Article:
WASHINGTON, D.C. -- A bill to establish a National Conservation Area that would give permanent protection 1,000 acres of unique landscapes in the San Juan Islands is wending its way through Congress. A key committee took up the legislation Thursday.
Senator Maria Cantwell told a panel the bill would stave off possible future development.
“The fact remains, for such a pristine and unbelievable area of our country, there is no long-term, comprehensive plan in place," Senator Cantwell said. "And these are very, very special places, so that is why we have introduced this legislation.”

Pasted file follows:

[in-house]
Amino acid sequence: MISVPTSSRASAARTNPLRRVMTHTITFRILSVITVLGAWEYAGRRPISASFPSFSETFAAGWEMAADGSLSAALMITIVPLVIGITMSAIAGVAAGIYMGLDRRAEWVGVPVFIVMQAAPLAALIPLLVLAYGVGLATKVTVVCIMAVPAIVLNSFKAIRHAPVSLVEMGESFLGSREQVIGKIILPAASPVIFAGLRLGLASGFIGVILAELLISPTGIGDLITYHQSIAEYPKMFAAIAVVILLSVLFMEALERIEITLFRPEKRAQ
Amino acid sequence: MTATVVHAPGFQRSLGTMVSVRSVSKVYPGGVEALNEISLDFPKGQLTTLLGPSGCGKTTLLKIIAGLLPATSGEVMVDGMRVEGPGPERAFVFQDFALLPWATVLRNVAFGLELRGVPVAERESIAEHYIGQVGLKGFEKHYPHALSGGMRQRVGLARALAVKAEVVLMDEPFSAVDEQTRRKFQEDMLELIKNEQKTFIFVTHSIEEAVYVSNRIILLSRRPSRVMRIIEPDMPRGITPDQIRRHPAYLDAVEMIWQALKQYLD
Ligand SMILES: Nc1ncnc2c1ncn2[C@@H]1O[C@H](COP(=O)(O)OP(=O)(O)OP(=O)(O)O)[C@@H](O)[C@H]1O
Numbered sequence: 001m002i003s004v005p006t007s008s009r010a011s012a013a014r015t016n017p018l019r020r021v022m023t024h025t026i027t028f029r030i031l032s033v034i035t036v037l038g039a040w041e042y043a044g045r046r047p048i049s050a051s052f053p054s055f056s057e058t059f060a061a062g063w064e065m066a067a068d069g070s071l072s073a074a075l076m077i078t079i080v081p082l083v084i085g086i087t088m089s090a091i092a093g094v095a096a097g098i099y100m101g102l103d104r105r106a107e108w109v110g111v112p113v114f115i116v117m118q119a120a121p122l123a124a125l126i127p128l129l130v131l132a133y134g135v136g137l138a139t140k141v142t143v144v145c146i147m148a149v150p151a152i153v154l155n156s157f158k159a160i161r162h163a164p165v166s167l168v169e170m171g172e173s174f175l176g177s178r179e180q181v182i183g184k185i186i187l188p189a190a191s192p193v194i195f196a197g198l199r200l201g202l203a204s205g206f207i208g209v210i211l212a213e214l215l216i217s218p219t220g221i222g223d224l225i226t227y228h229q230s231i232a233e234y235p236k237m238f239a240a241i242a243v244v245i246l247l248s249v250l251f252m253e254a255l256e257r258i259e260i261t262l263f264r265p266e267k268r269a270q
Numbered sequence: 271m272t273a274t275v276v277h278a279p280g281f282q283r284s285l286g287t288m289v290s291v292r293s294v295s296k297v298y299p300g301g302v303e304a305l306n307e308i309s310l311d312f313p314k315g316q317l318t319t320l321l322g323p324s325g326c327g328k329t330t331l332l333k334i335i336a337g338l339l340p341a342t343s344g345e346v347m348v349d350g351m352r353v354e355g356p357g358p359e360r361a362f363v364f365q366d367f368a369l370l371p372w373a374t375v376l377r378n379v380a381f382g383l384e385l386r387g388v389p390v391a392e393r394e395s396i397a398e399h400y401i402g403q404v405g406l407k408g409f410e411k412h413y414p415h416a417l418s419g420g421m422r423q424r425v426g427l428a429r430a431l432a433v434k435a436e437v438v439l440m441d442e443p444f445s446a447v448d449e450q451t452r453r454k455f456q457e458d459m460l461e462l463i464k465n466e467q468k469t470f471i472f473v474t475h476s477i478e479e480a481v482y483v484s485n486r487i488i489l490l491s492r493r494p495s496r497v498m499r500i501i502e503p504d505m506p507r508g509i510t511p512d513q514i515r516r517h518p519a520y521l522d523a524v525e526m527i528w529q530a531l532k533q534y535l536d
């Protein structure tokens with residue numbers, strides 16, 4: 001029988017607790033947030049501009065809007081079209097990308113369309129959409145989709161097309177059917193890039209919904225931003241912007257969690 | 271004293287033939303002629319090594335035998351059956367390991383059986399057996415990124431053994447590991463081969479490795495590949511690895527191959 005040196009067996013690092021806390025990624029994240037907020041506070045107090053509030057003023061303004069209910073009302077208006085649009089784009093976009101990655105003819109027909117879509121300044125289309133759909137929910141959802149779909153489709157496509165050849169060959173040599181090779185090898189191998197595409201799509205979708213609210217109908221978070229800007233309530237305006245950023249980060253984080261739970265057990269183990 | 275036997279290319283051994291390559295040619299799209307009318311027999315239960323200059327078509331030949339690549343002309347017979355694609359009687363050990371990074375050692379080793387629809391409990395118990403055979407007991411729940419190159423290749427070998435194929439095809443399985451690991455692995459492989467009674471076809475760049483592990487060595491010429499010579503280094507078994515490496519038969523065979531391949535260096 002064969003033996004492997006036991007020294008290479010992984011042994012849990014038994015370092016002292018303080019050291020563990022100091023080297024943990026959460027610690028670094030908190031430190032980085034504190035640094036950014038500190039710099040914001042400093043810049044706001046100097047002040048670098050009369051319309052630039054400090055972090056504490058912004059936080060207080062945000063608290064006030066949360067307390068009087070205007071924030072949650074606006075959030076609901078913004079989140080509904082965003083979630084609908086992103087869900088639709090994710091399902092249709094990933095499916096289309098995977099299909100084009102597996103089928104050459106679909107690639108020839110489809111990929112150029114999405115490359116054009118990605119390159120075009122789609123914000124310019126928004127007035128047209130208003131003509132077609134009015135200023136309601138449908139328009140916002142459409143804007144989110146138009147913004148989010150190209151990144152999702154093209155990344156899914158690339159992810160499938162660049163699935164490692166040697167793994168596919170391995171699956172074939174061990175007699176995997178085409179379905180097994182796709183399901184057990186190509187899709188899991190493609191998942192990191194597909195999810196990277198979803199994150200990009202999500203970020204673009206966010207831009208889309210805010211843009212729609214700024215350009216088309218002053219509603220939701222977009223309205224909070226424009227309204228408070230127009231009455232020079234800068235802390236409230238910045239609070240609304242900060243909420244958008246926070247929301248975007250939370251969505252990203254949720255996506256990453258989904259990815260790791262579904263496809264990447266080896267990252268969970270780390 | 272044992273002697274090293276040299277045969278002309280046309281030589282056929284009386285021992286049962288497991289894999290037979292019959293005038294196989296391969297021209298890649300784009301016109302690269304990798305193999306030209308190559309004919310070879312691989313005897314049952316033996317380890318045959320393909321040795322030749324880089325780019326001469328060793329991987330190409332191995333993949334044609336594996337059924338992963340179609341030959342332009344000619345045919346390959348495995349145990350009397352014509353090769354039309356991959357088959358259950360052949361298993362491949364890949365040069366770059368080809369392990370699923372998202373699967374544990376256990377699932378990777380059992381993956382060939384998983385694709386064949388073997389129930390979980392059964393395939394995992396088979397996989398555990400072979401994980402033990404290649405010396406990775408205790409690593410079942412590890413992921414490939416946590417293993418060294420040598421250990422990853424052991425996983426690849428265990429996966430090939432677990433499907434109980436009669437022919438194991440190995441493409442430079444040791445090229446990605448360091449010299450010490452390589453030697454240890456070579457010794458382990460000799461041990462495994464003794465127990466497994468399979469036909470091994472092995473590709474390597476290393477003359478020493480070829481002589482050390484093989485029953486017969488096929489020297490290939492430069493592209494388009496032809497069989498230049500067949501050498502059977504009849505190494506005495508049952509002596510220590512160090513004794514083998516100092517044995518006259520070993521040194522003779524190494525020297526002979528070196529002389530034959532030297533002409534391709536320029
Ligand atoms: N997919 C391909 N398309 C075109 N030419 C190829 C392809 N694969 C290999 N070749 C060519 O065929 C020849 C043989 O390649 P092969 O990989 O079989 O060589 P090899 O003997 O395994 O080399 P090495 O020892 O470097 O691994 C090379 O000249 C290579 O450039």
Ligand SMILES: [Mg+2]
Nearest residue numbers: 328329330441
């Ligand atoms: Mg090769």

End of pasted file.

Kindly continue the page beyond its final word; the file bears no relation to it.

The land currently belongs to the federal Bureau of Land Management. It includes local treasures ranging from pine forests to lighthouses that attract more than 70,000 tourists a year. It also covers remote rocks and reefs that are home to many rare and endangered species.
Last month, Cantwell and the U.S. Secretary of the Interior, Ken Salazar, hosted a town hall meeting in Anacortes on the Conservation Area. More than 100 people attended.
The Senator says there is widespread local support for preservation of the land, which will be crucial if the designation goes forward. Citizen involvement would be mandated by law as part of the proposal.
Copyright 2012 KPLU